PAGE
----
Growing up in the 1980s was a very fun time for horror fans like myself. Although my parents were vigilant about what kind of horror movies I was able to watch, my dad (with my mom’s consent) got my love for all things horror started with viewings of the network television versions of John Carpenter’s Halloween and The Fog (the latter of which we still love to this day). Eventually, I’d branch out and see the Friday the 13th and A Nightmare on Elm Street movies on my own; being a preteenager, those movies worked their scary magic on me, even if I started to see patterns emerging from movie to movie and conventions becoming an establishment unto themselves.
Those patterns and conventions would eventually be parodied and exploited in numerous films of that era such as Student Bodies, The Slumber Party Massacre, and, in more recent times, the Scream tetralogy and the Scary Movie series of spoof films which followed. None of them, to my knowledge, have ever taken the completely meta route that The Final Girls takes, where modern-day kids get trapped in an ‘80s-style summer camp slasher film.
It’s the ultimate take on the audience finally getting to talk back to the screen and having the characters listen for a change. To those of you saying, “Well, they did it in Last Action Hero,” I promise you, this goes way beyond the shortsightedness of that film and moves into more cerebral territory. Writers Joshua John Miller (himself an actor who appeared as a child in Halloween III: Season of the Witch) and M.A. Fortin bring a surprising depth to their script, which can only be called a glorious love letter to the genre, and the term “love letter” couldn’t be more accurate. Few films like this contain such a thorough analysis and deconstruction of the genre without going into silly parody, with just enough seriousness to balance out its exaggerations. Even some of the character names are lifted straight out of these films The Final Girls so very much wraps its arms around.
The Final Girls puts not just a Wes Craven-esque spin on summer camp horror, but also successfully captures the emotions we as an audience feel watching these movies. From the awkward “should we just stand by and watch this?” misgivings to the catharsis we have at a horror movie’s end, director Todd Strauss-Schulson nails every possible detail and feeling from the receiving end of what’s on screen. Magically plucking a few audience members from a celebratory showing of a film called Camp Bloodbath and throwing them into it may be an easy thing to do, but he doesn’t just let the movie roll, nor does the script do it wantonly.
Instead, we’re watching Max Cartwright (Taissa Farmiga) and her four friends connect and interact with a group of cinematic summer camp counselors, one of whom is played by her own mother, scream queen Amanda Cartwright (Malin Åkerman). However, as they’re in the world of Camp Bloodbath, Max isn’t interacting with her mother – she’s interacting with Nancy, the character she plays. Nancy doesn’t know anything outside of what her character has had written for her; thus, she doesn’t know of Amanda’s death in a horrific car accident three years prior, leaving Max behind and alone.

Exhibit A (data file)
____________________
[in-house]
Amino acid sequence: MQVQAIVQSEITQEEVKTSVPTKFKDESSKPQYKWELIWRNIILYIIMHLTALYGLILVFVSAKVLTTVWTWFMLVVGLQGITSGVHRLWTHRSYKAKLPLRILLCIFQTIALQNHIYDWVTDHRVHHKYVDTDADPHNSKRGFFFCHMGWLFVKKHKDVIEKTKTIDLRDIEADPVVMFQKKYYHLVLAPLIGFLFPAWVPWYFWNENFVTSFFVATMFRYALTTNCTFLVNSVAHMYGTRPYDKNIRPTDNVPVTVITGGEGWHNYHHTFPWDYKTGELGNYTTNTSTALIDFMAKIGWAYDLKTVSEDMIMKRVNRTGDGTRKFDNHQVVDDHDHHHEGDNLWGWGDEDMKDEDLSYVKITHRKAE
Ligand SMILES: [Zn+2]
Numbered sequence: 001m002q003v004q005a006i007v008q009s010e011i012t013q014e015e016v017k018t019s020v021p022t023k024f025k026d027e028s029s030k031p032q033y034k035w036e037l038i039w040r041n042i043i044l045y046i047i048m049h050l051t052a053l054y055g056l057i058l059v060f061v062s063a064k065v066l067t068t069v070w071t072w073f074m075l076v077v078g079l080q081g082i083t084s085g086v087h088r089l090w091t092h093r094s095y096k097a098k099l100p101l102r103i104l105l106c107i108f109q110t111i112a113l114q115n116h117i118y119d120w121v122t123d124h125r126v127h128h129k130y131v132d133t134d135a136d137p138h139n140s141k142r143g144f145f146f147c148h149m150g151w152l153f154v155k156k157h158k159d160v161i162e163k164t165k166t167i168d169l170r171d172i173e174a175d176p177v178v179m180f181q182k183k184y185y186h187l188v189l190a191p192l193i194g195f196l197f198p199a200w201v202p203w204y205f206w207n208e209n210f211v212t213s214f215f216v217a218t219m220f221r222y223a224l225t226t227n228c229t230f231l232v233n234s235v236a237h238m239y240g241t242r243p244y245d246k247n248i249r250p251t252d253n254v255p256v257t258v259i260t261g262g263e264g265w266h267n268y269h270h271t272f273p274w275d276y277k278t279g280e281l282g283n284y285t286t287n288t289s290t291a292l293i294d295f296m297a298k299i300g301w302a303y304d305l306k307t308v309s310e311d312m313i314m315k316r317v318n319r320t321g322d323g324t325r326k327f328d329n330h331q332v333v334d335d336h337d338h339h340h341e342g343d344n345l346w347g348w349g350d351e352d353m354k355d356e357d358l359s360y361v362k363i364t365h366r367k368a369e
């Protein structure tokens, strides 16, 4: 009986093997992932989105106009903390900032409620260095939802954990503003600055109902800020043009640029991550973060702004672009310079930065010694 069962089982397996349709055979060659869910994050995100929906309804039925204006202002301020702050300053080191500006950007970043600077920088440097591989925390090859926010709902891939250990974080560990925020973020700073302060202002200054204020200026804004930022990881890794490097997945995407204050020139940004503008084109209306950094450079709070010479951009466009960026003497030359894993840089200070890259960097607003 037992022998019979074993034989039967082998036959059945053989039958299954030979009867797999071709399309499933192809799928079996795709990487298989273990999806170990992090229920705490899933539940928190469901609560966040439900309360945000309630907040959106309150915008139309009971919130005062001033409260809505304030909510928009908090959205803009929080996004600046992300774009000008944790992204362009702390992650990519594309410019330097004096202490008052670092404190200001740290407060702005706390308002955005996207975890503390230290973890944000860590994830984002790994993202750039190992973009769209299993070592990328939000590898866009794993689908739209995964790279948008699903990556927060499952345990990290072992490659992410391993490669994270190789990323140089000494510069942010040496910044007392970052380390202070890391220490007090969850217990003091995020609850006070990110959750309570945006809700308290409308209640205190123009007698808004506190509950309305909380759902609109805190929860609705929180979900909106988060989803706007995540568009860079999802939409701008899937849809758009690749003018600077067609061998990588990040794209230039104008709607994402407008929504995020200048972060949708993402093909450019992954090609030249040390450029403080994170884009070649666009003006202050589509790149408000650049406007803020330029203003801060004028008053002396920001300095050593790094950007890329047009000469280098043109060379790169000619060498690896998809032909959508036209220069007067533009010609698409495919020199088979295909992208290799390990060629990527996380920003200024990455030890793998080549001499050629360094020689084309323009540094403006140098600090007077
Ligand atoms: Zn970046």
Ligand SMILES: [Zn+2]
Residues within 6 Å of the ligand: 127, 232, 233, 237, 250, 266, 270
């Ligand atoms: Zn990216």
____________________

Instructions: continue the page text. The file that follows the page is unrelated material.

There’s a constant blurring between Max’s reality and the film’s reality, thus discombobulating her judgment as to who she’s talking to – is it her mother, or is it her character? Reality is toyed with constantly when Max and her friends get into Camp Bloodbath; the linchpin motif is that they have to follow the film’s continuity. The manner in which the scenes that demonstrate this rule are presented are nothing short of genius, thanks to cinematographer Elie Smolkin and editor Debbie Berman. It speaks volumes that I’m almost refusing to give you any examples, save one: the first taste of this involves Max and her friends waiting on the side of the road for 92 minutes, and the time of day doesn’t change. If you can understand that bit of vagueness, then you’ll absolutely love the choices this film makes. Another noteworthy choice is a distinct lack of gore, as this film is rated PG-13; the plot and action move so quickly you won’t even notice it’s missing.
All of the ‘80s horror cinema tropes are covered. The connection between sex and death (which was never better exemplified than by Friday the 13th Part 2’s double impalement), nudity in horror movies (one of Camp Bloodbath’s counselors, played by Angela Trimbur, is humorously written solely for this purpose), the lack of minorities being dealt with by having the “token black guy” (Tory N. Thompson), and that one oversexed guy who nails everything with a heartbeat (the always over-the-top Adam DeVine) – they’re all wonderfully exaggerated versions of their ‘80s inspirations.
… But what happens when they meet their late ‘90s/’00s counterparts, most of whom almost have been ported right out of the brilliant film The Cabin in the Woods? The jock (Alexander Ludwig), the nerd (Thomas Middleditch), the moral conscience (Alia Shawkat), the brat (Nina Dobrev), and the virginal female (Farmiga) – half the fun of the movie is watching all of them mix up their sensibilities and smarts, and each actor dives into their respective roles with enough unbridled aplomb or wary confusion that helps this film from slipping into Jason Friedburg/Aaron Seltzer territory.
The Final Girls is a wonderful, masterful meditation on the ins and outs of a bygone era. It’s at once an homage to and a resurrection of those wonderful movies we watched on Cinemax when our parents weren’t looking. Speaking of parents, as The Final Girls is a love letter to ‘80s horror films, this review is likewise dedicated to my parents, Rey and Tessie. Thanks for letting me watch those movies through my fingers when I was a kid – without those seminal viewings, I wouldn’t have been able to appreciate films like these and The Final Girls as much as I do.